Justifying Faith is Lively Love in a Living God


As noted last week we are back at it in our Larger Catechism lesson with another look at the doctrine of justification. Whereas we were more in the ordo part of the conversation today we are going to be thinking on the historia portion. When it comes to the way justification “happens” in real life to the sinner what measures of application and preparation are involved? We’ve talked before how the preaching of the gospel is the means by which men and women come to faith and what we will discover is that this coming to a knowledge of the truth is unsurprisingly moved in the treatment of the soul through the righteousness of Christ by the Holy Spirit. We are a Trinitarian people and it is important for us to always give proper due to every member of the Trinity when it comes to the big, and small, things that are done for us in being made right in the eyes of God. So today here are our Q/A’s as we get started:

Q. 72: What is justifying faith?

A. Justifying faith is a saving grace, wrought in the heart of a sinner by the Spirit and word of God, whereby he, being convinced of his sin and misery, and of the disability in himself and all other creatures to recover him out of his lost condition, not only assents to the truth of the promise of the gospel, but receives and rests upon Christ and his righteousness, therein held forth, for pardon of sin, and for the accepting and accounting of his person righteous in the sight of God for salvation.

Q. 73: How does faith justify a sinner in the sight of God?

A. Faith justifies a sinner in the sight of God, not because of those other graces which do always accompany it, or of good works that are the fruits of it, nor as if the grace of faith, or any act thereof, were imputed to him for his justification; but only as it is an instrument by which he receives and applies Christ and his righteousness.

As a special gift of God we receive this justifying faith through the regenerating work of the Spirit in applying to us the righteousness purchased by Christ. (Titus 3:5). In this renewal we then respond by hearing in the depths of our souls the offer to come and be welcome in the bosom of our Savior. The word and the Spirit work together as seed and water move germination, to grow the lively fruit of grace, faith, in the heart of the newfound believer. In a mechanical way this is what Paul is referencing when he talks about one minister planting a seed, another watering, and God causing the growth. Where the preaching of the Bible cannot be found neither can there be saving faith. They are bound together in the purposes of the Lord to bring glory to Himself. It must be said at this point that we believe as the catechism points out that merely uttering words of commitment is not saving, or justifying faith. Many who have said “Lord, Lord” will be shown in the day of judgment to be not of Jesus. (Matt. 7:21-23). How can we know the difference between what we can term “mouth faith” vs. “heart faith”. One of our father’s in the faith, Zacharias Ursinus, helps us understand this better:

Justifying or saving faith differs, therefore, from the other kinds of faith, because it alone is that assured confidence by which we apply unto ourselves the merit of Christ, which is done when we firmly believe that the righteousness of Christ is granted and imputed unto us, so that we are accounted just in the sight of God.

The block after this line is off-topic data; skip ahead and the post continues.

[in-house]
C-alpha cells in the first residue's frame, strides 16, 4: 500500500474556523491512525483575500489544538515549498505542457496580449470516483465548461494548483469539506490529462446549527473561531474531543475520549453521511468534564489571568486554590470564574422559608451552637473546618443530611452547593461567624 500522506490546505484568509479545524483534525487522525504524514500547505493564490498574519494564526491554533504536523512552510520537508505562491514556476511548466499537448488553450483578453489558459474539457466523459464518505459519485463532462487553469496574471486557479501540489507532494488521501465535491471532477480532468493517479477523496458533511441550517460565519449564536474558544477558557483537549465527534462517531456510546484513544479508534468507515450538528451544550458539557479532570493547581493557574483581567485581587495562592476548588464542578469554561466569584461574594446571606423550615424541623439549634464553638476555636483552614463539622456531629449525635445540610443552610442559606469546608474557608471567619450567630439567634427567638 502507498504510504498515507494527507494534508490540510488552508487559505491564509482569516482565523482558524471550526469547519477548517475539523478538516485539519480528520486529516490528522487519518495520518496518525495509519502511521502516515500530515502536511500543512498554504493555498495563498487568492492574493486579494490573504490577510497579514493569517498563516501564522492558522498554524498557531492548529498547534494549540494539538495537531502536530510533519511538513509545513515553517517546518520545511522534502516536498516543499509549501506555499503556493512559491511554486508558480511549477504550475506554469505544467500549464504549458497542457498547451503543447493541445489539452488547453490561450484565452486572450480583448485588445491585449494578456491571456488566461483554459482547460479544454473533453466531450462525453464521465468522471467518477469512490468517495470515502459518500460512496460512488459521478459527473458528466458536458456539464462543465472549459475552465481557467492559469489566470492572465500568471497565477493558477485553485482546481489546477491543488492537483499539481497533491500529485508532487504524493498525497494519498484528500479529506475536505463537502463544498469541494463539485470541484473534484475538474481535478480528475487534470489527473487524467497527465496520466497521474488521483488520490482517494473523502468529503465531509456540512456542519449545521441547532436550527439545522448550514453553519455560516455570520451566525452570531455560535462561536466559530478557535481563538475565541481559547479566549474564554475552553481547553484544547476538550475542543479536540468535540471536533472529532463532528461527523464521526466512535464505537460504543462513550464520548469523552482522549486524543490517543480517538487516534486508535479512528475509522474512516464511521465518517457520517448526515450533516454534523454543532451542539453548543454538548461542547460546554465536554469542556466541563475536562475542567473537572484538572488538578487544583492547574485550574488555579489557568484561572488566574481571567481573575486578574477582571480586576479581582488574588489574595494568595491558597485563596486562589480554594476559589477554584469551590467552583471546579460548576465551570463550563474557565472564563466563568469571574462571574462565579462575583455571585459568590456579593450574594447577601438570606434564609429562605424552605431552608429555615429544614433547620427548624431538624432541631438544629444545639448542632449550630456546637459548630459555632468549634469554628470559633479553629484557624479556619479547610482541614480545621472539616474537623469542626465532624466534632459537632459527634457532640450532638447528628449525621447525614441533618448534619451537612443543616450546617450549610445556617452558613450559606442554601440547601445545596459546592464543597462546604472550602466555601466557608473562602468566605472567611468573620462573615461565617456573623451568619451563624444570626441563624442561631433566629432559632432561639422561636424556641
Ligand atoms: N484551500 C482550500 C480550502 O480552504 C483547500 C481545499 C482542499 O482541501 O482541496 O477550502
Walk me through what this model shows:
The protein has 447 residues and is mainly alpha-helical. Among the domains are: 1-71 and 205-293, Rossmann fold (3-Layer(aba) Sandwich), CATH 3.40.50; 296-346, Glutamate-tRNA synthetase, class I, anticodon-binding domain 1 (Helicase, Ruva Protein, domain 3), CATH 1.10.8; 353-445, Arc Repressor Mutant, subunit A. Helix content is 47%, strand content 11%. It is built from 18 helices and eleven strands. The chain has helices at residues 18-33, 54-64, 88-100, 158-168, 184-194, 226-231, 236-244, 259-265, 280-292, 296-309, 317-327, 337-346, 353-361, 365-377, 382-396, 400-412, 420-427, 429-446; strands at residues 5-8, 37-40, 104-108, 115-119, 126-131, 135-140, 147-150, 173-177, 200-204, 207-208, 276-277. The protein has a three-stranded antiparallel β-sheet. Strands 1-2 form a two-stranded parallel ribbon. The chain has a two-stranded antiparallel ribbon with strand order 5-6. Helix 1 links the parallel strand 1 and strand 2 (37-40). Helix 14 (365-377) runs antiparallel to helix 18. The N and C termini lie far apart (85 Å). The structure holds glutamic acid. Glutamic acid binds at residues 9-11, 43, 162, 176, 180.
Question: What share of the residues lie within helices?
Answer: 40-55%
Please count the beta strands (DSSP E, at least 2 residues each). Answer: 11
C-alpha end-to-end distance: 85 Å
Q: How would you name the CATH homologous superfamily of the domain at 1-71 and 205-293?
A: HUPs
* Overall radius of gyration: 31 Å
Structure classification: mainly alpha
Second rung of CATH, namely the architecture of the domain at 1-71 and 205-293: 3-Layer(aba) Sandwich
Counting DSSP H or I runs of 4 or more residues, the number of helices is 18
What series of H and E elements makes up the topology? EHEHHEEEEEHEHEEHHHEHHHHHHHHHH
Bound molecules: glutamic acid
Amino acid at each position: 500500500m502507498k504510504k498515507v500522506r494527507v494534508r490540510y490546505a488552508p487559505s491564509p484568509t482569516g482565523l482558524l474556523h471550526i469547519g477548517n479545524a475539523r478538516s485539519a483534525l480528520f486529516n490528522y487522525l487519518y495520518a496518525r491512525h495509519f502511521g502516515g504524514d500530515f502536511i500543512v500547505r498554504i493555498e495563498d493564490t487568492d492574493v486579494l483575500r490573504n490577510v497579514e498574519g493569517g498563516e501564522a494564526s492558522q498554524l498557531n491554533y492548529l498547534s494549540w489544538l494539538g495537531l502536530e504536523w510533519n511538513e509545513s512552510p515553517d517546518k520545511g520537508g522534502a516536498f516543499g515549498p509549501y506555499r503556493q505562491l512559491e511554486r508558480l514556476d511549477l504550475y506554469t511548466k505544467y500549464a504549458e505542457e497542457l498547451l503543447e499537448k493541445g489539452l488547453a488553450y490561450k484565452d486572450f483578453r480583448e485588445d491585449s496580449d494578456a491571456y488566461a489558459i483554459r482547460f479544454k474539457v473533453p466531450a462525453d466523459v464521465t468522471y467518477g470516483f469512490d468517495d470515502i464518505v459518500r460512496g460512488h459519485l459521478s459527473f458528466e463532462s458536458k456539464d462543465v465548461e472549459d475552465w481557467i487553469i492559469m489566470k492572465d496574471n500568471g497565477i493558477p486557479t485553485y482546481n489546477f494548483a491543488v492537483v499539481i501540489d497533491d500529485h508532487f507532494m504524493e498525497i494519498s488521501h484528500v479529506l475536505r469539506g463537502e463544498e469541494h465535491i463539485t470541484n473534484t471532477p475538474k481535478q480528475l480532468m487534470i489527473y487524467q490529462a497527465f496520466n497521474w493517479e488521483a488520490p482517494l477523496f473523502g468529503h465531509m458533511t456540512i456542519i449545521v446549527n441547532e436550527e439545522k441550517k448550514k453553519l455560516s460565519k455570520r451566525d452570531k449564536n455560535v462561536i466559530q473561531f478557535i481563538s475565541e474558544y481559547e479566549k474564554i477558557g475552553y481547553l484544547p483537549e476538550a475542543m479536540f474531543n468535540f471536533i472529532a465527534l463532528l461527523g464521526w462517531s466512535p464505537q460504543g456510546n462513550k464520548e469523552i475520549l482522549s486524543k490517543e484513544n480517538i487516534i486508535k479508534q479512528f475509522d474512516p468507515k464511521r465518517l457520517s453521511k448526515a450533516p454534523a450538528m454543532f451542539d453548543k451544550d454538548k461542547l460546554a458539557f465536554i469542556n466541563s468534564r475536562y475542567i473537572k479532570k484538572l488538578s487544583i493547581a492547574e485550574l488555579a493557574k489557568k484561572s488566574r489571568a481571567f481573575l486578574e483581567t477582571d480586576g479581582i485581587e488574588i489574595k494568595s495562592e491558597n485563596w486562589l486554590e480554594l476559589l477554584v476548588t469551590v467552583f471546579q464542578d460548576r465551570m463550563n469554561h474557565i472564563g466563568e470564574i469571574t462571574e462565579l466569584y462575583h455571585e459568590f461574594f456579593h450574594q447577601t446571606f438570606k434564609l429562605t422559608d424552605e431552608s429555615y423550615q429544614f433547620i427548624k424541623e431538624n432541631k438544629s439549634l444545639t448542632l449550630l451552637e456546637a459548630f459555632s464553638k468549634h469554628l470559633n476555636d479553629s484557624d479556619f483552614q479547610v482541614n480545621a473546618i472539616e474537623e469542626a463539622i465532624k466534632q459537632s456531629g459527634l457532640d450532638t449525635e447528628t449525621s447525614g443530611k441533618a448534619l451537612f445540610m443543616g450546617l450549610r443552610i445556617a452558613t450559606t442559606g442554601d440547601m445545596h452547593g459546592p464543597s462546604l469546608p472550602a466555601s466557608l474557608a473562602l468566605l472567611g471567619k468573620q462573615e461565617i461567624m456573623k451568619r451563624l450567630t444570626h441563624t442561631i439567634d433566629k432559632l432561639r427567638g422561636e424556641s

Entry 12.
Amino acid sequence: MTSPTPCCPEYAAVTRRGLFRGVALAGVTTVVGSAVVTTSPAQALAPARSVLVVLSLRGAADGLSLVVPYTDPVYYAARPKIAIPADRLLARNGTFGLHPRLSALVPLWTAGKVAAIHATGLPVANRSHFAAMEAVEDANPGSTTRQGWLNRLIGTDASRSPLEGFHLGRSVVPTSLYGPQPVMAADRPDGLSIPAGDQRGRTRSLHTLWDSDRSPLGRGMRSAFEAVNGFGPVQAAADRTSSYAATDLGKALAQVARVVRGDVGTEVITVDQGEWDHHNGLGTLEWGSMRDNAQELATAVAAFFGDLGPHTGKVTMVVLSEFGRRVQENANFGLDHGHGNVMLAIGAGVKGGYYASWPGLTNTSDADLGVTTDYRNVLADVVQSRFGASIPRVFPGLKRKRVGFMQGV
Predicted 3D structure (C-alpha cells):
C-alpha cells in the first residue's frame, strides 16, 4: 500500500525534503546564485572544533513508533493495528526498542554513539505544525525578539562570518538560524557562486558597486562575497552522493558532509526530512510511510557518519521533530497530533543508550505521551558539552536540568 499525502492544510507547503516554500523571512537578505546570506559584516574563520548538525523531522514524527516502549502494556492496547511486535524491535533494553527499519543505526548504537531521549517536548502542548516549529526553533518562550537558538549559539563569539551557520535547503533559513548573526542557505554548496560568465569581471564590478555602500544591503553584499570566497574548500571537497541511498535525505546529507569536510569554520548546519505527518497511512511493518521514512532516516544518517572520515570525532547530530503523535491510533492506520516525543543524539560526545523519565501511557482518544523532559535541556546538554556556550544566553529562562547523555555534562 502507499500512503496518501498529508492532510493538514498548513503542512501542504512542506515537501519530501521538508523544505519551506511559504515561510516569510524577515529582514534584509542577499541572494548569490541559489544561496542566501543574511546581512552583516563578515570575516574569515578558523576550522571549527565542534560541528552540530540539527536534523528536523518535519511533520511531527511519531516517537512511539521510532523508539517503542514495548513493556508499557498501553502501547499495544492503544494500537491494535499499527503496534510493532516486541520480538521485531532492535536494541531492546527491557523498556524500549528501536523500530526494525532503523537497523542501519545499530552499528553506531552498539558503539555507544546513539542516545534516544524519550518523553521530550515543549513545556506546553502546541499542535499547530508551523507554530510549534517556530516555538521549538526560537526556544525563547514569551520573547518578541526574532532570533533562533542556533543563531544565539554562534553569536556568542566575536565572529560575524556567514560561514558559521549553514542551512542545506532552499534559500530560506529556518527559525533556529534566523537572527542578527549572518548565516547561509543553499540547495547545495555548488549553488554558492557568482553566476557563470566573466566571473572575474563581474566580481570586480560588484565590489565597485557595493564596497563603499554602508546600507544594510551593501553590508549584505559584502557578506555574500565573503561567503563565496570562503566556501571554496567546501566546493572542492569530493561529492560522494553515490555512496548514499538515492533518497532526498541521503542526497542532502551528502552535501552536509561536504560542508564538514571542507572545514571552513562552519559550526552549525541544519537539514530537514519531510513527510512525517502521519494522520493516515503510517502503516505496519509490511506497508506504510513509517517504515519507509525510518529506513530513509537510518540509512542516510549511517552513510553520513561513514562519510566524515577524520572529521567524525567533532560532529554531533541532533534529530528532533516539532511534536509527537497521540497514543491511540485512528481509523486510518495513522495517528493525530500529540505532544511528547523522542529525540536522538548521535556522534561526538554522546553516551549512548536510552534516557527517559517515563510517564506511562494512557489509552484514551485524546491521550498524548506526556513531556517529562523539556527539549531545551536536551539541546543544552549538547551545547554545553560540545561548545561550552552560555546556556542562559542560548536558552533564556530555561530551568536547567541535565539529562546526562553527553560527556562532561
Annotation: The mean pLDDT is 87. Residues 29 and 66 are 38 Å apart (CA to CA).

We read above that true justifying faith will always be accompanied with good works, or fruit which comes from it. There is a natural change to the being as the image of God is restored that moves the justified to seek to be sanctified. However, we are never to confuse the graces which are born out of faith for faith itself. For it neither creates nor sustains it. That alone is the gift and grant of Christ always by free grace. Why do we need to make the distinction? Primarily because so many people confuse the means for the ground, and there is nothing new about this either. The Apostle Paul was constantly correcting the Romans, Corinthians, Galatians, Ephesians, and others about what was the foundation for their eternal hope. To quote a favorite hymn of some, “Nothing in my hands I bring, Simply to Thy cross I cling; Naked, come to Thee for dress, Helpless, look to Thee for grace: Foul, I to the fountain fly, Wash me, Savior, or I die.”. We are to always remember that there is nothing in us that can save us. All our promise is in Christ, and in Him alone. (Gal. 3:11). Faith is not an emotional response, but a spiritual one. It is not to be understood in some kind of Hallmark way of being a support for the heart of a believer. Too many take good words like, faith, hope, and love, and reduce them to platitudes. They are instead to be used to strengthen the capital defense of the Christian life.

Likewise, we are to remember that when it comes to justification and the place of faith that this resting and trusting in the finished work of Christ is to be the light by which we live. We’ll close today with a quote from the Belgic Confession:

For it must necessarily follow that either all that is required for our salvation is not in Christ or, if all is in him, then he who has Christ by faith has his salvation entirely. Therefore, to say that Christ is not enough but that something else is needed as well is a most enormous blasphemy against God—for it then would follow that Jesus Christ is only half a Savior. And therefore we justly say with Paul that we are justified “by faith alone” or by faith “apart from works.”.

Here is why this is important:

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Blessings in Christ,

Rev. Benjamin Glaser

Pastor, Bethany ARP Church

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